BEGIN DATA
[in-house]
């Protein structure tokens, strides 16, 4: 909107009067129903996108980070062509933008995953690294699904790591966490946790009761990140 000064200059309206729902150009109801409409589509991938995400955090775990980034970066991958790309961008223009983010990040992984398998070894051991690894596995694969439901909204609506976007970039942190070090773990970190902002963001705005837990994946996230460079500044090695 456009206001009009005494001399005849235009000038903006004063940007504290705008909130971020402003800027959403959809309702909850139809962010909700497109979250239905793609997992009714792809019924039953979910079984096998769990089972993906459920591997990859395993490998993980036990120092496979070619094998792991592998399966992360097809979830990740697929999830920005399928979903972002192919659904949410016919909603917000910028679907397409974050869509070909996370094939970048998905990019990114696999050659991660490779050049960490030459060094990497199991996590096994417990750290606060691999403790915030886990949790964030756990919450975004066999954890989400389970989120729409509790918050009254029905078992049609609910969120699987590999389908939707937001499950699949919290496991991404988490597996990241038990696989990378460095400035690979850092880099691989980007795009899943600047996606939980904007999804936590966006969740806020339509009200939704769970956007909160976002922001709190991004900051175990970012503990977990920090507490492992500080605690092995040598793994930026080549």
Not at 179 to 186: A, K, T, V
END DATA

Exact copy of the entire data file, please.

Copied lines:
[in-house]
């Protein structure tokens, strides 16, 4: 909107009067129903996108980070062509933008995953690294699904790591966490946790009761990140 000064200059309206729902150009109801409409589509991938995400955090775990980034970066991958790309961008223009983010990040992984398998070894051991690894596995694969439901909204609506976007970039942190070090773990970190902002963001705005837990994946996230460079500044090695 456009206001009009005494001399005849235009000038903006004063940007504290705008909130971020402003800027959403959809309702909850139809962010909700497109979250239905793609997992009714792809019924039953979910079984096998769990089972993906459920591997990859395993490998993980036990120092496979070619094998792991592998399966992360097809979830990740697929999830920005399928979903972002192919659904949410016919909603917000910028679907397409974050869509070909996370094939970048998905990019990114696999050659991660490779050049960490030459060094990497199991996590096994417990750290606060691999403790915030886990949790964030756990919450975004066999954890989400389970989120729409509790918050009254029905078992049609609910969120699987590999389908939707937001499950699949919290496991991404988490597996990241038990696989990378460095400035690979850092880099691989980007795009899943600047996606939980904007999804936590966006969740806020339509009200939704769970956007909160976002922001709190991004900051175990970012503990977990920090507490492992500080605690092995040598793994930026080549």
Not at 179 to 186: A, K, T, V